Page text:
<firstimage=”http://www.makeuseof.com/wp-content/uploads/2011/08/intro.jpg”>These days it can be hard to find a decent space sim, whether you’re into combat, exploration or the die-hard simulation experience. The genre is regarded as “dead” by many, with projects like Elite 4 never having seen the light of day.
Luckily there are hobbyists, fans and those obsessed with the genre that still produce and maintain projects for free, in their spare time. This list of 6 totally free to play space-themed time-wasters is bound to ring a few bells amongst old fans of the genre. Then again, If you’ve never enjoyed a good space sim before now might be your chance!
Freespace 2 Open [Windows, Mac OS X & Linux]
Freespace 2 is an often raved-about title that went open source in 2002. Since then a small team of dedicated fans have worked on engine updates, gameplay tweaks and a whole host of modifications that inject some new life into this aging classic.
In case you missed it first time round, the Freespace 2 space simulation game was originally released on PC in 1999 and developed by Volition Inc. Gameplay involves space combat, reconnaissance and escort missions that don’t adhere to true Newtonian physics, but instead use simplified space physics that make controlling your ship that little bit easier.
Once the source code was released, the Freespace 2 Open Source Project was founded. Downloads include the original Freespace 2 on the updated engine and total conversions that take their cues from popular TV shows such as Babylon 5 and Battlestar Galactica available on the mods page.
The Ur-Quan Masters [Windows, Mac OS X & Linux]
Star Control II was originally released on the PC in 1992 and later ported to the Panasonic 3DO. To this very day it still enjoys a cult following, so much so that it was remade once the source code went open in 2002 as The Ur-Quan Masters.
The game doesn’t really fit into one genre as it combines strategy-based battles, exploration of the vast galaxy, diplomacy and resource gathering. Much of the game involves meeting other species and visiting new worlds, though there is also a two player space combat mode (which has been upgraded to allow for online combat in this remake).
Oolite [Windows, Mac OS X & Linux]
It was only a matter of time before this oh-so-faithful Elite remake cropped up! Oolite is the classic Elite you knew and loved, with improved graphics and a lot of expansions.
Much like the game it was based on, Oolite is a completely open-ended space combat and trading simulation. There are no real objectives, though it can be argued that the game’s primary goal is to reach “Elite” status.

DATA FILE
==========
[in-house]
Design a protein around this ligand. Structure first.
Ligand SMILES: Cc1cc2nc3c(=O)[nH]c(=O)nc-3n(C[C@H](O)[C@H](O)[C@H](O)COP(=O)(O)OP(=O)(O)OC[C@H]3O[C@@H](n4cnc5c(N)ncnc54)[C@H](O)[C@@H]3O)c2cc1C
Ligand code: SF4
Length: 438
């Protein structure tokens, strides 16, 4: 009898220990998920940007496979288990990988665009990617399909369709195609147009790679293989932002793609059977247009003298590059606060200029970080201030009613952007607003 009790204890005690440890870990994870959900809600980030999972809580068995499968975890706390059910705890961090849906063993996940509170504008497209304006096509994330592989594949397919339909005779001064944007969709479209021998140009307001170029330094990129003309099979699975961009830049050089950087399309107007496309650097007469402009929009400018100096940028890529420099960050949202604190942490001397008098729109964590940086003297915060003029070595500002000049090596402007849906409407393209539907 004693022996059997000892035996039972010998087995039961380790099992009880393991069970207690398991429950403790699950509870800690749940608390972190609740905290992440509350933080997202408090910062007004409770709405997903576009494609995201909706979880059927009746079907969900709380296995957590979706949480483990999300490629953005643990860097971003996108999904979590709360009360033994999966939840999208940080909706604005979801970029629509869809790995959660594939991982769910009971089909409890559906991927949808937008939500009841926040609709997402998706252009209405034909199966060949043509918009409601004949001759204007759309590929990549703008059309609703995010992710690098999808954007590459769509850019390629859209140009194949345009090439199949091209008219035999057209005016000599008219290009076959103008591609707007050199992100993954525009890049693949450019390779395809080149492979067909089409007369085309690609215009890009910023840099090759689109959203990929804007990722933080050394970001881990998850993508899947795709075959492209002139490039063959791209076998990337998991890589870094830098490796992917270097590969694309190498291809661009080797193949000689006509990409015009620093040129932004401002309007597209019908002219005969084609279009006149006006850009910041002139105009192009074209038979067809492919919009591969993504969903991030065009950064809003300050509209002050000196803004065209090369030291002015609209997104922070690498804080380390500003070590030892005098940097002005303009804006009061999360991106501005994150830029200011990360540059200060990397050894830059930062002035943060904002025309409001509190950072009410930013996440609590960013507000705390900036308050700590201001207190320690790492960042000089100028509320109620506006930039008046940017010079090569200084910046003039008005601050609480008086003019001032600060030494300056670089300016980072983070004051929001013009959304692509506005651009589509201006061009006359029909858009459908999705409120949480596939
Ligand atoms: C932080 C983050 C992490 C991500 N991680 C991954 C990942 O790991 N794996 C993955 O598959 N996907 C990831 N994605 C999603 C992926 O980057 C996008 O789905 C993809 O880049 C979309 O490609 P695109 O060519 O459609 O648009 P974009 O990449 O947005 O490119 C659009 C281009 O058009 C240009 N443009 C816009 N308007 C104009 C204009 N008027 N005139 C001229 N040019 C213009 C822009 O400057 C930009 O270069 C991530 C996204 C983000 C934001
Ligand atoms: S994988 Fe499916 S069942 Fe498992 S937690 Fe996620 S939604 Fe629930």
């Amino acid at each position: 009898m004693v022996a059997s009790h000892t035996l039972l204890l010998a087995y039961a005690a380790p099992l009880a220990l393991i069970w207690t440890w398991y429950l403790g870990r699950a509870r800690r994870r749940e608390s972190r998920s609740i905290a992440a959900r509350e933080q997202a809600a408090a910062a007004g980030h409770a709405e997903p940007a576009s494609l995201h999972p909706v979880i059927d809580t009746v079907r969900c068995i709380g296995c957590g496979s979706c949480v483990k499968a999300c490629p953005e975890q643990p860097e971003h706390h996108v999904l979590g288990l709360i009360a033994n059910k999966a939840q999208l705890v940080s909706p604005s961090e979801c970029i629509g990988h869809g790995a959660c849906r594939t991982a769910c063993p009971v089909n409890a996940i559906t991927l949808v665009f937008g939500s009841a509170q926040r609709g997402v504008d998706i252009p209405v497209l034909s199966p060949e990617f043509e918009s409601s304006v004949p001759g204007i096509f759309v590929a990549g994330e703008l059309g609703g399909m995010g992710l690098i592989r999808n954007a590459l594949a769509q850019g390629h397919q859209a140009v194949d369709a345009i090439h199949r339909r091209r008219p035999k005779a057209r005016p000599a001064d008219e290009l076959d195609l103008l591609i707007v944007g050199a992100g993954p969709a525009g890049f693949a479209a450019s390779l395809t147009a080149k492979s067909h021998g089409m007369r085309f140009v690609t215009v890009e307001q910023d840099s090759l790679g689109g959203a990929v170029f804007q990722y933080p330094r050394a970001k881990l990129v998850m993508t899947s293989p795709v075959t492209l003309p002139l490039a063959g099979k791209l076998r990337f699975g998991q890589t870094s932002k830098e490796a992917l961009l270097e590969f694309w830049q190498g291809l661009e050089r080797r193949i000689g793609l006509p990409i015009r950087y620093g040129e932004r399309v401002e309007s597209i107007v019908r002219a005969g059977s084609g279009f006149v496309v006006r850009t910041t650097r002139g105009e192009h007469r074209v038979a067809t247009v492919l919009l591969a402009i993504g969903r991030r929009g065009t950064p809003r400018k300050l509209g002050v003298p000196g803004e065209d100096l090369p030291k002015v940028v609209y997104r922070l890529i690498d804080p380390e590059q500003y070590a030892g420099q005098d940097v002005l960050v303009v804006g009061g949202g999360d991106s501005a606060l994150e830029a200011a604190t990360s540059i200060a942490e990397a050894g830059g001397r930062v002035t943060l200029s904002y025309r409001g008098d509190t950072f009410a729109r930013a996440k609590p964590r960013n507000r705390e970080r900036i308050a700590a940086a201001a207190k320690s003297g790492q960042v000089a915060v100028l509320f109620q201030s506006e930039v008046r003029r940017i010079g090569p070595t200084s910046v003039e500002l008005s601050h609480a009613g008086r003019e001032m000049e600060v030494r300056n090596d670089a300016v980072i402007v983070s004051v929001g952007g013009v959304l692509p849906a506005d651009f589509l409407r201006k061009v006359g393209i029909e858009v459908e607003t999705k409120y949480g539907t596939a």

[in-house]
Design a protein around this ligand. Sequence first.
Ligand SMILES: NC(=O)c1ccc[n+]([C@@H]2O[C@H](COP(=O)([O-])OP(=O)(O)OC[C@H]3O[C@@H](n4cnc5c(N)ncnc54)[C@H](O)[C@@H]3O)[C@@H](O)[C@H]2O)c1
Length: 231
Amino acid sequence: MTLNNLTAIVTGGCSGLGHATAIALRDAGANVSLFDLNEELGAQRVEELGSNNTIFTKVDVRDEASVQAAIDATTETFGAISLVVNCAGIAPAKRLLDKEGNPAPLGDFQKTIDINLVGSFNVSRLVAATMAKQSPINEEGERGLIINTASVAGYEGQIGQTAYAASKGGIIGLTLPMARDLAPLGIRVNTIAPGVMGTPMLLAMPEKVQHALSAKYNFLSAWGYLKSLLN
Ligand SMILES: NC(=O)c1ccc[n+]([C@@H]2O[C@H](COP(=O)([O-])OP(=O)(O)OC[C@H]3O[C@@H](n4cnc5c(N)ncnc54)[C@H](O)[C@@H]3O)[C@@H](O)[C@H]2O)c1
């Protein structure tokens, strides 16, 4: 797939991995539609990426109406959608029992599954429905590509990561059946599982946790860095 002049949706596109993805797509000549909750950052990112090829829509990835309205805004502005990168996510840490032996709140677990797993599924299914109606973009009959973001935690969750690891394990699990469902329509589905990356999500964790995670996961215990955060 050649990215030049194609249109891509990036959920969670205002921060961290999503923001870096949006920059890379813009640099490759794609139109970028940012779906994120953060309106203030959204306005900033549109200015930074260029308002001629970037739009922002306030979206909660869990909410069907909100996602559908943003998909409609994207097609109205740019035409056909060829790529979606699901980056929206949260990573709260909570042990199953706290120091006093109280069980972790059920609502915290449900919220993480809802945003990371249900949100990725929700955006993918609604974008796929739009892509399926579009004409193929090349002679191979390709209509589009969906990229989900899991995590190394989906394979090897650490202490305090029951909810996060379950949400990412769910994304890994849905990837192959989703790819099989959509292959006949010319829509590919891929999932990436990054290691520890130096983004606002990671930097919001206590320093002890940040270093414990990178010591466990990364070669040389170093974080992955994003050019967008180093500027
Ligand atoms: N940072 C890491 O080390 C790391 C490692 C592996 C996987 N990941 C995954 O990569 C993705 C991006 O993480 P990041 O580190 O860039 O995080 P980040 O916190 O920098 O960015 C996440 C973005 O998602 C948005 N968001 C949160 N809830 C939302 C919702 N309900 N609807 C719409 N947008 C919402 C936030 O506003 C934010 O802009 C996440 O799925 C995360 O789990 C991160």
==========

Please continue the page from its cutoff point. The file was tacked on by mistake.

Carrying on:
If you’ve never played Elite before (or you’ve misplaced your manual) then I’d recommend reading the Elite Wiki, which also has a section dedicated to Oolite. This should get you up to speed on the basics that you’ll need to master this notoriously in-depth space sim.
Vega Strike [Windows, Mac OS X & Linux]
Not a remake this time, though heavily inspired by Elite and Wing Commander, Vega Strike is another trade, exploration and blast ‘em up set in space. The player must undertake missions in order to earn money which can then be spent on upgrades and new vehicles (thus enabling more missions).
Once a ship has been equipped with a jump drive, the player is free to dart around different corners of the galaxy at special portal-like jump points. Missions are varied and can be received via the ship’s computer or by talking to certain individuals in bars.
Example missions include transporting cargo, rescuing escape pods from battle zones and patrol missions where the player must scan undocumented targets. Vega Strike is an incredibly rich game, and costs absolutely nothing! For a more in-depth look, check out our existing article.
In March 2000, Allegiance Zone was released by Microsoft Research to the online games portal Microsoft Zone, under a subscription model. Unfortunately only 29,000 units of this 3D online multiplayer shooter were sold, and servers were switched off in 2002.
There were of course a small number of fans who weren’t best pleased, and sought other ways of playing their new favourite game. Allegiance Zone went under a shared source licence in 2004 and is now maintained entirely by volunteers.
Blending space combat and real-time strategy elements, there are 8 playable factions each with their own perks and attributes. Many find it hard to place Allegiance into a genre, as it is so unique in its approach and was undoubtedly released before its time.
Less of a game and more of a simulation, Orbiter is a space flight sim that makes use of realistic physics and both real-life and fictional spacecraft. The simulator was released in 2000 after the developer felt that there were no space sims that adhered to the rules of Newtonian physics.
Players are able to launch the Space Shuttle from the Kennedy Space Centre, download additional spacecraft and tour the whole solar system before re-entering the atmosphere and attempting a landing.
If you think space flight sims are too easy then you’ve not played Orbiter.
This list should keep you busy even if you only have a passing interest in space flight, interplanetary trade or full-blown space battles. Don’t forget to check out NASA’s full iOS line-up if you’re space-mad!
Have you played any of these space simulation games? Any others you’d like to recommend? Is the genre dead? Or has it simply changed? Have your say in the comments below!
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